Famous People Who Attended Community College

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Some well-known public figures attended two-year schools.

Politicians, professional wrestlers, actors, athletes and national treasures are among the millions of Americans who have attended community colleges. Some earned an associate degree before transferring to a four-year college, while others took a different path, leaving the academic realm to pursue professional opportunities. Between credit-bearing and vocational courses, nearly 12 million students were enrolled in community colleges in fall 2018, according to data from the American Association of Community Colleges. Reasons for attending community college are as varied as the students enrolled, but whether a student intends to earn an associate degree or transfer out, this route can be a great launching pad. Here's a look at where some famous people, listed in alphabetical order by surname, took community college classes.

Halle Berry

Actress Halle Berry is known for her work in films such as the "X-Men" franchise, "Swordfish" and "Monster's Ball." Berry won an Oscar in 2002 for her performance in the latter film and has since gone on to collect Golden Globes and Primetime Emmy Awards for her subsequent work. But before she was on the big screen, Berry studied broadcast journalism at Cuyahoga Community College in Ohio. Berry left college before completing her degree, shifting her focus to entertainment.

Eileen Collins

Astronaut Eileen Collins is the first woman to pilot a space shuttle as well as the first in NASA history to command one. The path that led Collins to space began at Corning Community College in New York, where she earned an associate degree. She followed that up by earning a bachelor's degree in mathematics and economics from Syracuse University in New York and later tacked on a master's degree from Stanford University in California and another from Webster University in Missouri. According to her NASA bio, Collins was inspired to pursue space travel after the first group of female astronauts visited the base where she was training as a fresh recruit to the U.S. Air Force.

Guy Fieri

Long before he was the "Mayor of Flavortown," Guy Fieri was a community college student. The host of TV shows, such as "Diners, Drive-Ins and Dives," Fieri attended American River College and College of the Redwoods, both in California, before earning a bachelor's degree from the University of Nevada--Las Vegas. After graduation, Fieri went on to open restaurants and eventually to TV stardom. But his commitment to community colleges persists, as evidenced by his public support for a campaign to open a culinary academy at American River College.

Morgan Freeman

Known for roles in hit films such as "The Shawshank Redemption" and "Million Dollar Baby," Morgan Freeman has been honored for his acting with Academy Awards and Golden Globes. Freeman's distinctive voice can in part be traced back to training he received as a student at Los Angeles City College. "I went to school to study how to be an actor," Freeman told talk show host Jimmy Kimmel back in 2016. "And in that school -- Los Angeles City College -- I had a voice and diction instructor who was very good at his job." Fittingly, Freeman's big break came in 1971 when he became a regular on "The Electric Company," a TV show that helped children learn how to read.

Tom Hanks

The star of films such as "Saving Private Ryan" and "Forrest Gump," Tom Hanks is an accomplished actor who has won Academy Awards, Golden Globes and a number of other distinctions for his work on the big screen. And according to a 2015 New York Times op-ed by Hanks, he owes it all to community college. Citing affordability as a factor, Hanks studied theater at Chabot College in California before transferring to California State University--Sacramento. The path Hanks took is fairly common, as many students still earn general education credits at a community college before finishing elsewhere.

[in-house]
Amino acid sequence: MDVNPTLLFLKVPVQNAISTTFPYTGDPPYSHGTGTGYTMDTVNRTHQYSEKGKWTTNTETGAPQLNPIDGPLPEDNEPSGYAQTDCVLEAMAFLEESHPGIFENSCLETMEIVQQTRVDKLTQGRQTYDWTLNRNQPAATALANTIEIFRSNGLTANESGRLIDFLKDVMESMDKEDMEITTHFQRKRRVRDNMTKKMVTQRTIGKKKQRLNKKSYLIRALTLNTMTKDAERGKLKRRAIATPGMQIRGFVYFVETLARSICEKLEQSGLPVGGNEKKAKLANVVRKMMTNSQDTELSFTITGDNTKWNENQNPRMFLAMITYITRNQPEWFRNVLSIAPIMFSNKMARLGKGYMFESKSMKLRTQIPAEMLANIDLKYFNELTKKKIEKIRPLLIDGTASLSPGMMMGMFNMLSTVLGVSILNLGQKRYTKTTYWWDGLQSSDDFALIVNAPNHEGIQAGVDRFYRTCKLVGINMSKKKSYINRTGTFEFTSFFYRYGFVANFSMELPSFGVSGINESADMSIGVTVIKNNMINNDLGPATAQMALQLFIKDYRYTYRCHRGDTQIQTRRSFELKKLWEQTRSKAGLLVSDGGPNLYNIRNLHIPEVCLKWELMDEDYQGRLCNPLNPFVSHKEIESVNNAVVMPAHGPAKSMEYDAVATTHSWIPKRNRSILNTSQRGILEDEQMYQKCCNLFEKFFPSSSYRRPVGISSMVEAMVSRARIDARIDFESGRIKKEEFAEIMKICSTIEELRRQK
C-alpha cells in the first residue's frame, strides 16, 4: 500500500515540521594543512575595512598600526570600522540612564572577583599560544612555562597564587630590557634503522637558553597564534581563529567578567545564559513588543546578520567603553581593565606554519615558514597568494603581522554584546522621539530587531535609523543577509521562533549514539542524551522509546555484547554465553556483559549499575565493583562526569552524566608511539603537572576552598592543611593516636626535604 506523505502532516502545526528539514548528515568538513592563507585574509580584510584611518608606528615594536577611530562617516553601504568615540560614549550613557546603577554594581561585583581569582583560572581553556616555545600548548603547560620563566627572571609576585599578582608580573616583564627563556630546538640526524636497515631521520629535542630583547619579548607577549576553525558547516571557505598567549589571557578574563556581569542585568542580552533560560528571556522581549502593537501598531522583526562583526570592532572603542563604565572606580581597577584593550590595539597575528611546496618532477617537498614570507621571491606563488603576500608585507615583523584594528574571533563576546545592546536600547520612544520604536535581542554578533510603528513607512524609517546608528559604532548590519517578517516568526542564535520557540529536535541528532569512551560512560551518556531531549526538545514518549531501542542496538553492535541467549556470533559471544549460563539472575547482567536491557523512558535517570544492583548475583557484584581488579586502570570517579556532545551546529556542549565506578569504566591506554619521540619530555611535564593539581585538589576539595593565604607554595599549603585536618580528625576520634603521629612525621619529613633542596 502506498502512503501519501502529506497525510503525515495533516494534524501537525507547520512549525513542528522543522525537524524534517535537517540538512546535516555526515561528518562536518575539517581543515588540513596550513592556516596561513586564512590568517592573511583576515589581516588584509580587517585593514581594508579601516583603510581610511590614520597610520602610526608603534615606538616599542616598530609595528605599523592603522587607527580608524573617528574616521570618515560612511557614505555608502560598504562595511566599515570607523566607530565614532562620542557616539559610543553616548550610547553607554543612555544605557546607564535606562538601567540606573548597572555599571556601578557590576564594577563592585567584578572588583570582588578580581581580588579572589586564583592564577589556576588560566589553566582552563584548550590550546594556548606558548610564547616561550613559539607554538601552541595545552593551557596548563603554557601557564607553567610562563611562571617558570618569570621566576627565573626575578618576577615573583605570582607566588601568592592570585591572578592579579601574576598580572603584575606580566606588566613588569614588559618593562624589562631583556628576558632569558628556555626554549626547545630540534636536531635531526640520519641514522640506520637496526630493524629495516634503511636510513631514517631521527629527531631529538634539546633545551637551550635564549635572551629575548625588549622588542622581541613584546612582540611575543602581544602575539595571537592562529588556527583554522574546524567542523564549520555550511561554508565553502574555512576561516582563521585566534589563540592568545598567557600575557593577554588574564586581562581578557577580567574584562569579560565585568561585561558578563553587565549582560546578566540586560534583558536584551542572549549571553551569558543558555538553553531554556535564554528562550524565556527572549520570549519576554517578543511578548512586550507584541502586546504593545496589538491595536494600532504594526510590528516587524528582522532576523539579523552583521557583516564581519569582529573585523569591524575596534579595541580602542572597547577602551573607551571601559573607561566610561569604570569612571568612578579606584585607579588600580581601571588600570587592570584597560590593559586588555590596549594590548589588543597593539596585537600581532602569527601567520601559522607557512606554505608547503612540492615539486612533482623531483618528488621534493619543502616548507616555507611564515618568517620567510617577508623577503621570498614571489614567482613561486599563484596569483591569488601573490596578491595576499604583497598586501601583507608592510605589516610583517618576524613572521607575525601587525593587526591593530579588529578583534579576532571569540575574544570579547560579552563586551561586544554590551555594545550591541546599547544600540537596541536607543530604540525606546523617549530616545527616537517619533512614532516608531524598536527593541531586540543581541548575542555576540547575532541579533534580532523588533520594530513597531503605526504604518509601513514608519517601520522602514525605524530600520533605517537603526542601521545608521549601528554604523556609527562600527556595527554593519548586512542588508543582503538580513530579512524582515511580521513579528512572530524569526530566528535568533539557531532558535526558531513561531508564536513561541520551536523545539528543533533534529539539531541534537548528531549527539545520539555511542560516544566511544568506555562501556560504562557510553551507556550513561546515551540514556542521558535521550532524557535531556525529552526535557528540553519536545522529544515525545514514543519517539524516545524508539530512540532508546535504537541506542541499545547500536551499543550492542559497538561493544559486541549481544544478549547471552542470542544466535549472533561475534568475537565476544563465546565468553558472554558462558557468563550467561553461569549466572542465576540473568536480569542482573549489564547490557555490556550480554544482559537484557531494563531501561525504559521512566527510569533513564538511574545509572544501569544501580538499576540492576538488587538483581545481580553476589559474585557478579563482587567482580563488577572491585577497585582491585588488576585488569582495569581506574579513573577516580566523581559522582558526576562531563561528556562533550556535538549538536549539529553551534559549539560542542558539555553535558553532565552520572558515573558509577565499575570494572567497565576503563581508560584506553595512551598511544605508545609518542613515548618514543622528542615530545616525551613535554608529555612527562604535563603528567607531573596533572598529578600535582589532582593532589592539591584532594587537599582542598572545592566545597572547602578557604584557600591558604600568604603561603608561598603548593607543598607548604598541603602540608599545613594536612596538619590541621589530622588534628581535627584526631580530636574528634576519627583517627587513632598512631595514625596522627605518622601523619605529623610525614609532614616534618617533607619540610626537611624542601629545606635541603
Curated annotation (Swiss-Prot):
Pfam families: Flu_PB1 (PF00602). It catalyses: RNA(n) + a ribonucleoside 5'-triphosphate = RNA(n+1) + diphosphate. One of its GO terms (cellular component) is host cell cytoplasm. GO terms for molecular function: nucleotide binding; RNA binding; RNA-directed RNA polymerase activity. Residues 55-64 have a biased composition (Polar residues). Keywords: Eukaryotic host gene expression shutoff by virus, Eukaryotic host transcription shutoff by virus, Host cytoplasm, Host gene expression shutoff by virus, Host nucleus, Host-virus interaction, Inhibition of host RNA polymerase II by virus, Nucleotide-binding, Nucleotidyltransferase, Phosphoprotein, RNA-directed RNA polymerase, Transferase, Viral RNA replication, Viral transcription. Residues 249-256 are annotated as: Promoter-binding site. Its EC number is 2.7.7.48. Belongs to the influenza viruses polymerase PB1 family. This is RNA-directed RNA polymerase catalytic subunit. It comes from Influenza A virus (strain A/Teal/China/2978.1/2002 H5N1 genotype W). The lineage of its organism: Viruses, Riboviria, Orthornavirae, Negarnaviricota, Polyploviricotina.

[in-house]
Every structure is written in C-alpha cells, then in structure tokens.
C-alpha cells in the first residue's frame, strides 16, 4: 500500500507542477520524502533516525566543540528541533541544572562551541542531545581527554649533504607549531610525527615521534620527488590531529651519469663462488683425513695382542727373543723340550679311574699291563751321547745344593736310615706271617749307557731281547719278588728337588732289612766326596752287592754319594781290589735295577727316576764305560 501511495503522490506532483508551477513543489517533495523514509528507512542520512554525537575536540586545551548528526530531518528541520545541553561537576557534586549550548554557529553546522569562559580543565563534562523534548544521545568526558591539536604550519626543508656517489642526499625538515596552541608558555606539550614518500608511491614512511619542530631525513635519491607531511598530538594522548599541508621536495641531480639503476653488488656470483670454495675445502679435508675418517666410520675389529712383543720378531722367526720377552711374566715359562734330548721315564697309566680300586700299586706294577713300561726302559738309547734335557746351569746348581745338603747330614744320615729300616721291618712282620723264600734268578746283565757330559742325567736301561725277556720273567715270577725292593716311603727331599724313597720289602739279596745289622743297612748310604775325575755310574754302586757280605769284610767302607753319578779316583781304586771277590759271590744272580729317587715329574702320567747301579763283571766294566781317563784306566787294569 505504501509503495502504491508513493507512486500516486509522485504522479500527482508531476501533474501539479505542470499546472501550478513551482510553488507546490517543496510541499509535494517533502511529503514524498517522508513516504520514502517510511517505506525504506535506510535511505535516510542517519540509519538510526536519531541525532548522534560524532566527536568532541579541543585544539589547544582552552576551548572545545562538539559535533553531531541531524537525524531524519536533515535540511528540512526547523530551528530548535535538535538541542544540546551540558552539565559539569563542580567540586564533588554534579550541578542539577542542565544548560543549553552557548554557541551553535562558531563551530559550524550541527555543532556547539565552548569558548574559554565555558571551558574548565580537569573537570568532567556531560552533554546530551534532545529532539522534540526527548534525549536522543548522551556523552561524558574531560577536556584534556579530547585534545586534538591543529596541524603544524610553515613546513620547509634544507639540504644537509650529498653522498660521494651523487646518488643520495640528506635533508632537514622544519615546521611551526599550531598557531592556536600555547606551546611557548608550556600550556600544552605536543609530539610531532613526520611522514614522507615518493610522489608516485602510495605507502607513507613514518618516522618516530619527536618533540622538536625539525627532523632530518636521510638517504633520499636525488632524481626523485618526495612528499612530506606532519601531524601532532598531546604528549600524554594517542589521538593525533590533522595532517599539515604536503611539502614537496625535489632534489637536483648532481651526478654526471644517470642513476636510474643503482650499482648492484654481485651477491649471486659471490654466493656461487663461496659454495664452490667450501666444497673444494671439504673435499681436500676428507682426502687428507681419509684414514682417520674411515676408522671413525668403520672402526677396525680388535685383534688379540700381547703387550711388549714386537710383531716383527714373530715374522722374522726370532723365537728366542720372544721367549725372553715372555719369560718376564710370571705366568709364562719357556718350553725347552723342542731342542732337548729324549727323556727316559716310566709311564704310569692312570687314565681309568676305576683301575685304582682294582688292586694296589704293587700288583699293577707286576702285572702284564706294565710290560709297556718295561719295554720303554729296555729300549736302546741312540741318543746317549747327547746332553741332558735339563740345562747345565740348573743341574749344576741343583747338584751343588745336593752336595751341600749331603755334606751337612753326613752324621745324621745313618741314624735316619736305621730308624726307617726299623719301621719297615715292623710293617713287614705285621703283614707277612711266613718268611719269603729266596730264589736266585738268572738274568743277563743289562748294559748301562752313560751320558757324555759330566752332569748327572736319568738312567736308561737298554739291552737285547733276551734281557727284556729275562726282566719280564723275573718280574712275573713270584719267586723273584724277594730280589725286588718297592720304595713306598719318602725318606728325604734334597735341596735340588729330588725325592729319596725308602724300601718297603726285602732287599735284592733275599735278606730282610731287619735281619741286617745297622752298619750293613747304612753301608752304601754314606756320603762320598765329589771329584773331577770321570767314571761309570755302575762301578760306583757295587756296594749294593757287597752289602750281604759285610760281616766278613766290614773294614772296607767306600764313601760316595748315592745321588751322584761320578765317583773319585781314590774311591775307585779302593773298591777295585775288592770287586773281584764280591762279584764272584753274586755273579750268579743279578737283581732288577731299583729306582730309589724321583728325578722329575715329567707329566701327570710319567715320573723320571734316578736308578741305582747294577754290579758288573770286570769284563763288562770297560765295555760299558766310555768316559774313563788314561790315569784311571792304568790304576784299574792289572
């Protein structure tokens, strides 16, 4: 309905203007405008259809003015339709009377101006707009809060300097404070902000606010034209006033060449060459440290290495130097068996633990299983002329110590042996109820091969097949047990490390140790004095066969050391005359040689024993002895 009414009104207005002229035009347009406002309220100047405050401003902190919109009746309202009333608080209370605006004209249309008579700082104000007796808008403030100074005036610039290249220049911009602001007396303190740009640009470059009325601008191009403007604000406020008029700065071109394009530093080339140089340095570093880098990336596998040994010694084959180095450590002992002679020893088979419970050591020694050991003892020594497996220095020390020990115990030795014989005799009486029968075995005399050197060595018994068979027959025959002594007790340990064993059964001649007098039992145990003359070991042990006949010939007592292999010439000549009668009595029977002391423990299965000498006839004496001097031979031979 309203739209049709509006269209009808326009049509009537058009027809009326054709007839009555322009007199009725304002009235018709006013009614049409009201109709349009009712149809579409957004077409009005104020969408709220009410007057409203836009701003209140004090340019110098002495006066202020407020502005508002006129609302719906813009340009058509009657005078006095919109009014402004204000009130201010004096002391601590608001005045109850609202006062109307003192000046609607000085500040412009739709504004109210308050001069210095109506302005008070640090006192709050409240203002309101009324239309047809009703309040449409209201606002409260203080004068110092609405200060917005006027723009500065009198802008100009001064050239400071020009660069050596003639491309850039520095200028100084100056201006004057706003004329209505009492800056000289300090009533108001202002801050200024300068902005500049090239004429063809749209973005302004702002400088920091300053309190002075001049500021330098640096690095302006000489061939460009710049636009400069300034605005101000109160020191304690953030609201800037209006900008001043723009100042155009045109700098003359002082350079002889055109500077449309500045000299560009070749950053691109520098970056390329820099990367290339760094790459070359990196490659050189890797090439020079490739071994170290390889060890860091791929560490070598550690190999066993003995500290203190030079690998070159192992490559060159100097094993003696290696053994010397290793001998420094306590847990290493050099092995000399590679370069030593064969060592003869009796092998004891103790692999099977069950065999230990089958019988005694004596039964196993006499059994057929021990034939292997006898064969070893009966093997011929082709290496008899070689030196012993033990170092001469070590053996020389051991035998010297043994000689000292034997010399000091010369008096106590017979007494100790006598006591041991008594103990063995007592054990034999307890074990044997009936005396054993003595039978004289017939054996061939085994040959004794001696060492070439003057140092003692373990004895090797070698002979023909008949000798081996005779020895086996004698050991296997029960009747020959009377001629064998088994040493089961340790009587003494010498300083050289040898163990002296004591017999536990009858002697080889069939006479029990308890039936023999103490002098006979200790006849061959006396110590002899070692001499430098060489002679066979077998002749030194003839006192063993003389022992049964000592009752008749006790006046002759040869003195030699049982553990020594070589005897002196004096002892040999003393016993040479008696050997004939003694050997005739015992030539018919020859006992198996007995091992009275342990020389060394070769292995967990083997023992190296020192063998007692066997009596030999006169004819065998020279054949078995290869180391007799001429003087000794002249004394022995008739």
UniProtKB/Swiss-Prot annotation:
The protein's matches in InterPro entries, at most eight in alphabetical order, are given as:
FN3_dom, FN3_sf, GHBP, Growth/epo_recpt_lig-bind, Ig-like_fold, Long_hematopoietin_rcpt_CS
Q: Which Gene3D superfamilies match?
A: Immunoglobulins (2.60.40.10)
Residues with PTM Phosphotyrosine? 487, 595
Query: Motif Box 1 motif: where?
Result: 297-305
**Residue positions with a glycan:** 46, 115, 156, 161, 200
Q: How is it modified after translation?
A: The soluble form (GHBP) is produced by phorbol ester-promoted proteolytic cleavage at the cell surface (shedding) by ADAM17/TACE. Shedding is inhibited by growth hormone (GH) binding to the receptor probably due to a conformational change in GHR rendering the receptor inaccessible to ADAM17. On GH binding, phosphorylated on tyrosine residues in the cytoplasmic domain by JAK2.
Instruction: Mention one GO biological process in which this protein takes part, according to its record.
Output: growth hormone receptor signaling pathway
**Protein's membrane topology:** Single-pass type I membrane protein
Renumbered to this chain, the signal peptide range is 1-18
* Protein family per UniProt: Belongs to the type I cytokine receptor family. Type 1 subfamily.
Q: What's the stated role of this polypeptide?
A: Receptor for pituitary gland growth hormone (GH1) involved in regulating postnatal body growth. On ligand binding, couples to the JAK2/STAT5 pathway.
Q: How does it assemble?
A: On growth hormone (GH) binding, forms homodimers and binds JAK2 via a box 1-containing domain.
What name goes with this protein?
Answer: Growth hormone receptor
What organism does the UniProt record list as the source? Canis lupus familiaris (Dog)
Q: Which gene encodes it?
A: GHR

Steve Jobs

The influence and impact of Steve Jobs on the tech and communications industries is not to be understated. Before his death in 2011, the co-founder and CEO of Apple helped create and launch the Macintosh computer, the iPod, iPhone and iPad. Jobs' work and the rise of the smartphone have changed how people consume media, shop, date and communicate. Jobs first attended Reed College, a four-year school in Oregon, but dropped out and later spent two semesters at De Anza College in California.

Queen Latifah

Queen Latifah's work as an actress and rap artist has earned her accolades such as Golden Globes and Grammys. She caught her big break at 18 while studying communication at the CUNY Borough of Manhattan Community College in New York. It was during this time that she recorded a demo tape that would later lead her to stardom in hip hop and in Hollywood. Since her on-screen debut in "Jungle Fever" in 1991, Queen Latifah has gone on to star in dozens of movies and briefly hosted a TV show.

Jim Lehrer

The late Jim Lehrer hosted "PBS NewsHour," or several iterations of it, for nearly 40 years. In addition to covering monumental stories such as the assassination of President John F. Kennedy and the 9/11 attacks, Lehrer also moderated multiple presidential debates and wrote numerous books. His work earned him two Emmy Awards, a Peabody Award and a National Humanities Medal. Lehrer got his start at Victoria College in Texas, where he earned an associate degree before completing his journalism studies at the University of Missouri.

George Lucas

The filmmaker behind the first six "Star Wars" movies, George Lucas sold off the iconic franchise to Disney in 2012 for $6 billion. Though he's no longer the creative force behind the films, Lucas' work continues to live on as Disney regularly releases new blockbuster installments of the revered franchise. But one of the most famous filmmakers was almost an auto mechanic, until a disastrous car wreck convinced him to take his education seriously. Afterward he enrolled in Modesto Junior College in California, where he began shooting with an 8 mm camera. He would go on to transfer to and graduate from the University of Southern California.

Eddie Murphy

Before his breakout role on "Saturday Night Live" in the early 1980s -- and later starring in films such as "Coming to America," "Beverly Hills Cop" and "Shrek" -- Eddie Murphy was a student at Nassau Community College in New York. Murphy experienced a string of hits in the 1980s, followed by several box-office flops in the 1990s, but has remained a persistent voice in the world of comedy, while also being nominated for an Academy Award and Golden Globes along the way.